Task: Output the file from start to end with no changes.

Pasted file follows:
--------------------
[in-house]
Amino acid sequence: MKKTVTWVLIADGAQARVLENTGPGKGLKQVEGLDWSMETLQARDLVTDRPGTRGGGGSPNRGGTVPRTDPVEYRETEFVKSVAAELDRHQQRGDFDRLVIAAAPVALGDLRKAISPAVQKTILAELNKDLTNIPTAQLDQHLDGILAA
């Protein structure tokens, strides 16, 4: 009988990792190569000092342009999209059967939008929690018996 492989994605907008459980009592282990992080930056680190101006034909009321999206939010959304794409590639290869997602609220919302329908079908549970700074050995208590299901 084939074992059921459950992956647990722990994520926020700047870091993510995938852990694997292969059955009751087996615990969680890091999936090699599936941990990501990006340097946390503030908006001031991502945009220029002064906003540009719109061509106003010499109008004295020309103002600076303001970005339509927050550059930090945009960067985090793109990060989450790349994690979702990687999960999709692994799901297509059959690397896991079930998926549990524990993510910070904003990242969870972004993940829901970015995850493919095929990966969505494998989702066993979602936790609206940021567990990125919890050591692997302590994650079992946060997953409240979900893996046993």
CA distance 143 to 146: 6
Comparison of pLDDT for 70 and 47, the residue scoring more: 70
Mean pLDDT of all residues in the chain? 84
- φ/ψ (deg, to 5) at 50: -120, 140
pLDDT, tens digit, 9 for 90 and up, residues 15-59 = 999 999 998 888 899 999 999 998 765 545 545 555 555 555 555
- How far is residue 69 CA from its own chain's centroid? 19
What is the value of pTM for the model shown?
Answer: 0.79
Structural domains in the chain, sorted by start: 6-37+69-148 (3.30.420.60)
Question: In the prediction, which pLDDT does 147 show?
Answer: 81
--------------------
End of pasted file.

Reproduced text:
[in-house]
Amino acid sequence: MKKTVTWVLIADGAQARVLENTGPGKGLKQVEGLDWSMETLQARDLVTDRPGTRGGGGSPNRGGTVPRTDPVEYRETEFVKSVAAELDRHQQRGDFDRLVIAAAPVALGDLRKAISPAVQKTILAELNKDLTNIPTAQLDQHLDGILAA
């Protein structure tokens, strides 16, 4: 009988990792190569000092342009999209059967939008929690018996 492989994605907008459980009592282990992080930056680190101006034909009321999206939010959304794409590639290869997602609220919302329908079908549970700074050995208590299901 084939074992059921459950992956647990722990994520926020700047870091993510995938852990694997292969059955009751087996615990969680890091999936090699599936941990990501990006340097946390503030908006001031991502945009220029002064906003540009719109061509106003010499109008004295020309103002600076303001970005339509927050550059930090945009960067985090793109990060989450790349994690979702990687999960999709692994799901297509059959690397896991079930998926549990524990993510910070904003990242969870972004993940829901970015995850493919095929990966969505494998989702066993979602936790609206940021567990990125919890050591692997302590994650079992946060997953409240979900893996046993």
CA distance 143 to 146: 6
Comparison of pLDDT for 70 and 47, the residue scoring more: 70
Mean pLDDT of all residues in the chain? 84
- φ/ψ (deg, to 5) at 50: -120, 140
pLDDT, tens digit, 9 for 90 and up, residues 15-59 = 999 999 998 888 899 999 999 998 765 545 545 555 555 555 555
- How far is residue 69 CA from its own chain's centroid? 19
What is the value of pTM for the model shown?
Answer: 0.79
Structural domains in the chain, sorted by start: 6-37+69-148 (3.30.420.60)
Question: In the prediction, which pLDDT does 147 show?
Answer: 81